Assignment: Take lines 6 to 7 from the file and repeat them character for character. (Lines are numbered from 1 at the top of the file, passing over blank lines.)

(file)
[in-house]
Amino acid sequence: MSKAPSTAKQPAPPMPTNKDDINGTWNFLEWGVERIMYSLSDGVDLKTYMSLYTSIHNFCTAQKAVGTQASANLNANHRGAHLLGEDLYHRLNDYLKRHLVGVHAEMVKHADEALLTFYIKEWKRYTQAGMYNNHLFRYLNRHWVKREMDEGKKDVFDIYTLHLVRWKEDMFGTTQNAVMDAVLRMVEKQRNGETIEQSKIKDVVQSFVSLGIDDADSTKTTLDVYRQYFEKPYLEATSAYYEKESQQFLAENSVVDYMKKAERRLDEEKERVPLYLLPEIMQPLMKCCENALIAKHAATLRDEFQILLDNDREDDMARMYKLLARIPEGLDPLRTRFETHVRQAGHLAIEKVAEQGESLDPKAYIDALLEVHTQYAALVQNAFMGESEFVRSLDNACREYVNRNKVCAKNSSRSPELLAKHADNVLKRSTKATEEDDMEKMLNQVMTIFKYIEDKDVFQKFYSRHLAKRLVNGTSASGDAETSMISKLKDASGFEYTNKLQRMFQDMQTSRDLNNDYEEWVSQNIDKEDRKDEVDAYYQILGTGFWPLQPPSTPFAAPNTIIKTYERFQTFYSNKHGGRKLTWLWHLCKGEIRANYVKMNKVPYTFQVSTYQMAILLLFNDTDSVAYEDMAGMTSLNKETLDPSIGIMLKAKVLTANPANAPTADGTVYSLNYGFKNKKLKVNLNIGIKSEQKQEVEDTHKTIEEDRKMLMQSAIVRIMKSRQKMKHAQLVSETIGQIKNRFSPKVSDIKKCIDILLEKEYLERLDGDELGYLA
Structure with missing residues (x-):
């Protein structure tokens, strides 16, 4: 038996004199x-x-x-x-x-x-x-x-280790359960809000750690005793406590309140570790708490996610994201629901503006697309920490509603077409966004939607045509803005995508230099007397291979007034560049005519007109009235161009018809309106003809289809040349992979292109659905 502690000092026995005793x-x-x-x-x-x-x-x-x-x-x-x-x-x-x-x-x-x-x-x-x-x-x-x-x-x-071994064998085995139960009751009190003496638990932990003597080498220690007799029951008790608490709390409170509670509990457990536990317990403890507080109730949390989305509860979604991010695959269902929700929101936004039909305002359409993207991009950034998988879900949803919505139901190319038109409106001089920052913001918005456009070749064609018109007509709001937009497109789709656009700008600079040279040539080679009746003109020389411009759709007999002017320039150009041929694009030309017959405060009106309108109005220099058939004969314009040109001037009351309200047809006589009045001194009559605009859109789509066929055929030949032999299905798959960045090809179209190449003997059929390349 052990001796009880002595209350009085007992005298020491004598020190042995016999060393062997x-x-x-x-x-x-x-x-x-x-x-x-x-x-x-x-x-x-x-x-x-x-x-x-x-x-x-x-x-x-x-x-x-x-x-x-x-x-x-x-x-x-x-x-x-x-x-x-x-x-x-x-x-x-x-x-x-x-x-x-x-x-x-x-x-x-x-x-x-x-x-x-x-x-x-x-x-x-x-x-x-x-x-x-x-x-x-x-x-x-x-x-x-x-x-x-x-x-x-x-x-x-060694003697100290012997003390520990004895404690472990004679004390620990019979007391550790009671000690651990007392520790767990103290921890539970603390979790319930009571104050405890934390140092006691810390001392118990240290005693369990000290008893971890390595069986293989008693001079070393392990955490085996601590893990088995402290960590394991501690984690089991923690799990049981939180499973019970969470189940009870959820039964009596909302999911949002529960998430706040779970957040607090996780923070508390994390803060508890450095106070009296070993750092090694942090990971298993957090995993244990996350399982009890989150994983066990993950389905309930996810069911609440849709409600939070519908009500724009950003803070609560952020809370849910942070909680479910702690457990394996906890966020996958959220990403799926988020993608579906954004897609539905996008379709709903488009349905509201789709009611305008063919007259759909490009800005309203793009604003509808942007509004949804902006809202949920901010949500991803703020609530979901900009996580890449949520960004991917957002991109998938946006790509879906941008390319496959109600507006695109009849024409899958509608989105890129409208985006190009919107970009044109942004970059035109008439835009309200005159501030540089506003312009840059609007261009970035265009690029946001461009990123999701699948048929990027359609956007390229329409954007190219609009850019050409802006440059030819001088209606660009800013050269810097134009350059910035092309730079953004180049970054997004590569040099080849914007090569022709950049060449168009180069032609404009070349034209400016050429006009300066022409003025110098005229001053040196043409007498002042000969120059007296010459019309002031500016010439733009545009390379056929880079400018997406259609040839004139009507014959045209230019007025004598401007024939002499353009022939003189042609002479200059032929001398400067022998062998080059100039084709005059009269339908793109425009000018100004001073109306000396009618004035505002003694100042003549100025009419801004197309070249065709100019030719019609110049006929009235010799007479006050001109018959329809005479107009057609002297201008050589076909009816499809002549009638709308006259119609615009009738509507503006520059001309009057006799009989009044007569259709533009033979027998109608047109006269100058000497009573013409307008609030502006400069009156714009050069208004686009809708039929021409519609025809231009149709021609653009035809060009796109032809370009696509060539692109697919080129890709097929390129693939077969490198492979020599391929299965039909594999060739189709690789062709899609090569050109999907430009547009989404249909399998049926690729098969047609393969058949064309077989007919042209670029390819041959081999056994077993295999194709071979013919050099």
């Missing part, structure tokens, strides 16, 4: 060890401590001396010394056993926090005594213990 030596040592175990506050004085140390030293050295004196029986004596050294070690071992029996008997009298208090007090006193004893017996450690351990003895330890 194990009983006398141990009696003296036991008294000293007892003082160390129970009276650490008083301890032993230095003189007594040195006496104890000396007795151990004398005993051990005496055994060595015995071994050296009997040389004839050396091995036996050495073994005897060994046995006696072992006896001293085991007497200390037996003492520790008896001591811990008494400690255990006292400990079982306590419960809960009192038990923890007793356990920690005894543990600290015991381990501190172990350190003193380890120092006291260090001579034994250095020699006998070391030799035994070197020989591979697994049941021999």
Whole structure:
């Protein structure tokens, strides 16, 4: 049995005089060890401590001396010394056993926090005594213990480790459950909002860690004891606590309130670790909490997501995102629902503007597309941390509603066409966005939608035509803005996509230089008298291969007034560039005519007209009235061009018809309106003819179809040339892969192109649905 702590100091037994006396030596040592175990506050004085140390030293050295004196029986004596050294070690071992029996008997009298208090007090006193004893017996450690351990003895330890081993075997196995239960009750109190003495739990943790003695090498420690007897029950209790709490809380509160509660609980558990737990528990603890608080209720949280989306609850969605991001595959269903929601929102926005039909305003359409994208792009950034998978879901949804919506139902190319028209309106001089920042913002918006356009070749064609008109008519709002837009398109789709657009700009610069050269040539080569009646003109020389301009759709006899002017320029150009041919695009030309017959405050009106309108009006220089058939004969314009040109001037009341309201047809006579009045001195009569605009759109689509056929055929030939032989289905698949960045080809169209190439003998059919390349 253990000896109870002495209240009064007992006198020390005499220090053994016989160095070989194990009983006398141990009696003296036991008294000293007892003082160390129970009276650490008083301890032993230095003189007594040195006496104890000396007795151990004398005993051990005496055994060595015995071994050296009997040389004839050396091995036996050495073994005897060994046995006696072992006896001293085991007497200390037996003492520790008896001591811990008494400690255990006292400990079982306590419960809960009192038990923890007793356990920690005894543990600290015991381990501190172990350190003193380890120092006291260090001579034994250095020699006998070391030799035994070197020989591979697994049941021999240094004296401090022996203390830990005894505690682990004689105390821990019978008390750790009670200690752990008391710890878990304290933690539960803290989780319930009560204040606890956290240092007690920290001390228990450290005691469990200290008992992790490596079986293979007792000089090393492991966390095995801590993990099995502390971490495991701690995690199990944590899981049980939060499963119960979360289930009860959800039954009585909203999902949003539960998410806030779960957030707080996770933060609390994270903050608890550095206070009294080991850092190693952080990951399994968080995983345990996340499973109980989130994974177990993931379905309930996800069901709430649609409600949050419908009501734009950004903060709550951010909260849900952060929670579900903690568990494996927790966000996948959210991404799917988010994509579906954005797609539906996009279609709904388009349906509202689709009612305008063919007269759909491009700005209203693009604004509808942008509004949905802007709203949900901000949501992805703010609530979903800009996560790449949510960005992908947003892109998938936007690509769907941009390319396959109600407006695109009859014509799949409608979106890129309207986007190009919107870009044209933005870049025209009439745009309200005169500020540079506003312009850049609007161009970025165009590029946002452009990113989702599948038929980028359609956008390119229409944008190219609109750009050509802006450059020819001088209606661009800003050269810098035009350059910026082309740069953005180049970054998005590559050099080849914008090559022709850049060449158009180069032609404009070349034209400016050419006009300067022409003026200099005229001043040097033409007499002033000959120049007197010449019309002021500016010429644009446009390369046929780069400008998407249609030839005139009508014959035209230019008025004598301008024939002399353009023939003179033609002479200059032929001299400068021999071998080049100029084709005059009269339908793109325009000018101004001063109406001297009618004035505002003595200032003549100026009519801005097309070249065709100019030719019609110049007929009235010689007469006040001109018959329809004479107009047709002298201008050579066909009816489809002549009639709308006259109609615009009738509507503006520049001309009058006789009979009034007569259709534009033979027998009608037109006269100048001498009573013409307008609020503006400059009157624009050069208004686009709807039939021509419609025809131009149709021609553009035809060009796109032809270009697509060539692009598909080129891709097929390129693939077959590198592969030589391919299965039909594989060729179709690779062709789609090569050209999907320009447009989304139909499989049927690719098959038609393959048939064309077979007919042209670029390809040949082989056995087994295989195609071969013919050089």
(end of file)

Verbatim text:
Whole structure:
């Protein structure tokens, strides 16, 4: 049995005089060890401590001396010394056993926090005594213990480790459950909002860690004891606590309130670790909490997501995102629902503007597309941390509603066409966005939608035509803005996509230089008298291969007034560039005519007209009235061009018809309106003819179809040339892969192109649905 702590100091037994006396030596040592175990506050004085140390030293050295004196029986004596050294070690071992029996008997009298208090007090006193004893017996450690351990003895330890081993075997196995239960009750109190003495739990943790003695090498420690007897029950209790709490809380509160509660609980558990737990528990603890608080209720949280989306609850969605991001595959269903929601929102926005039909305003359409994208792009950034998978879901949804919506139902190319028209309106001089920042913002918006356009070749064609008109008519709002837009398109789709657009700009610069050269040539080569009646003109020389301009759709006899002017320029150009041919695009030309017959405050009106309108009006220089058939004969314009040109001037009341309201047809006579009045001195009569605009759109689509056929055929030939032989289905698949960045080809169209190439003998059919390349 253990000896109870002495209240009064007992006198020390005499220090053994016989160095070989194990009983006398141990009696003296036991008294000293007892003082160390129970009276650490008083301890032993230095003189007594040195006496104890000396007795151990004398005993051990005496055994060595015995071994050296009997040389004839050396091995036996050495073994005897060994046995006696072992006896001293085991007497200390037996003492520790008896001591811990008494400690255990006292400990079982306590419960809960009192038990923890007793356990920690005894543990600290015991381990501190172990350190003193380890120092006291260090001579034994250095020699006998070391030799035994070197020989591979697994049941021999240094004296401090022996203390830990005894505690682990004689105390821990019978008390750790009670200690752990008391710890878990304290933690539960803290989780319930009560204040606890956290240092007690920290001390228990450290005691469990200290008992992790490596079986293979007792000089090393492991966390095995801590993990099995502390971490495991701690995690199990944590899981049980939060499963119960979360289930009860959800039954009585909203999902949003539960998410806030779960957030707080996770933060609390994270903050608890550095206070009294080991850092190693952080990951399994968080995983345990996340499973109980989130994974177990993931379905309930996800069901709430649609409600949050419908009501734009950004903060709550951010909260849900952060929670579900903690568990494996927790966000996948959210991404799917988010994509579906954005797609539906996009279609709904388009349906509202689709009612305008063919007269759909491009700005209203693009604004509808942008509004949905802007709203949900901000949501992805703010609530979903800009996560790449949510960005992908947003892109998938936007690509769907941009390319396959109600407006695109009859014509799949409608979106890129309207986007190009919107870009044209933005870049025209009439745009309200005169500020540079506003312009850049609007161009970025165009590029946002452009990113989702599948038929980028359609956008390119229409944008190219609109750009050509802006450059020819001088209606661009800003050269810098035009350059910026082309740069953005180049970054998005590559050099080849914008090559022709850049060449158009180069032609404009070349034209400016050419006009300067022409003026200099005229001043040097033409007499002033000959120049007197010449019309002021500016010429644009446009390369046929780069400008998407249609030839005139009508014959035209230019008025004598301008024939002399353009023939003179033609002479200059032929001299400068021999071998080049100029084709005059009269339908793109325009000018101004001063109406001297009618004035505002003595200032003549100026009519801005097309070249065709100019030719019609110049007929009235010689007469006040001109018959329809004479107009047709002298201008050579066909009816489809002549009639709308006259109609615009009738509507503006520049001309009058006789009979009034007569259709534009033979027998009608037109006269100048001498009573013409307008609020503006400059009157624009050069208004686009709807039939021509419609025809131009149709021609553009035809060009796109032809270009697509060539692009598909080129891709097929390129693939077959590198592969030589391919299965039909594989060729179709690779062709789609090569050209999907320009447009989304139909499989049927690719098959038609393959048939064309077979007919042209670029390809040949082989056995087994295989195609071969013919050089």